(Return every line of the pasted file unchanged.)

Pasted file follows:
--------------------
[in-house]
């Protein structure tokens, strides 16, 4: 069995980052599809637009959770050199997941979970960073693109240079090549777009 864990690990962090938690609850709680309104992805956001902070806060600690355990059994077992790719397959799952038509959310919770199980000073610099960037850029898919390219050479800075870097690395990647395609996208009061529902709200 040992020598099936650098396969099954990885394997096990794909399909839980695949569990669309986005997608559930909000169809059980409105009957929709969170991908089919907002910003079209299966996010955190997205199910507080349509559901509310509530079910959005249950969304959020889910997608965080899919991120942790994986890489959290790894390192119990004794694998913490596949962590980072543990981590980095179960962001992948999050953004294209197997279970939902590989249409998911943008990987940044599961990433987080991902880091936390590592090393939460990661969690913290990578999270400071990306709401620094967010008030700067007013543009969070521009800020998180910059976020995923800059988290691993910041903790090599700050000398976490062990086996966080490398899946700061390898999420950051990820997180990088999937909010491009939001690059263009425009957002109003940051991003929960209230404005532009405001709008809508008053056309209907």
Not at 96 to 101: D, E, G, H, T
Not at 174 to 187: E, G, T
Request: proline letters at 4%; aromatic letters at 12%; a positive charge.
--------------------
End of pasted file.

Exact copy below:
[in-house]
């Protein structure tokens, strides 16, 4: 069995980052599809637009959770050199997941979970960073693109240079090549777009 864990690990962090938690609850709680309104992805956001902070806060600690355990059994077992790719397959799952038509959310919770199980000073610099960037850029898919390219050479800075870097690395990647395609996208009061529902709200 040992020598099936650098396969099954990885394997096990794909399909839980695949569990669309986005997608559930909000169809059980409105009957929709969170991908089919907002910003079209299966996010955190997205199910507080349509559901509310509530079910959005249950969304959020889910997608965080899919991120942790994986890489959290790894390192119990004794694998913490596949962590980072543990981590980095179960962001992948999050953004294209197997279970939902590989249409998911943008990987940044599961990433987080991902880091936390590592090393939460990661969690913290990578999270400071990306709401620094967010008030700067007013543009969070521009800020998180910059976020995923800059988290691993910041903790090599700050000398976490062990086996966080490398899946700061390898999420950051990820997180990088999937909010491009939001690059263009425009957002109003940051991003929960209230404005532009405001709008809508008053056309209907």
Not at 96 to 101: D, E, G, H, T
Not at 174 to 187: E, G, T
Request: proline letters at 4%; aromatic letters at 12%; a positive charge.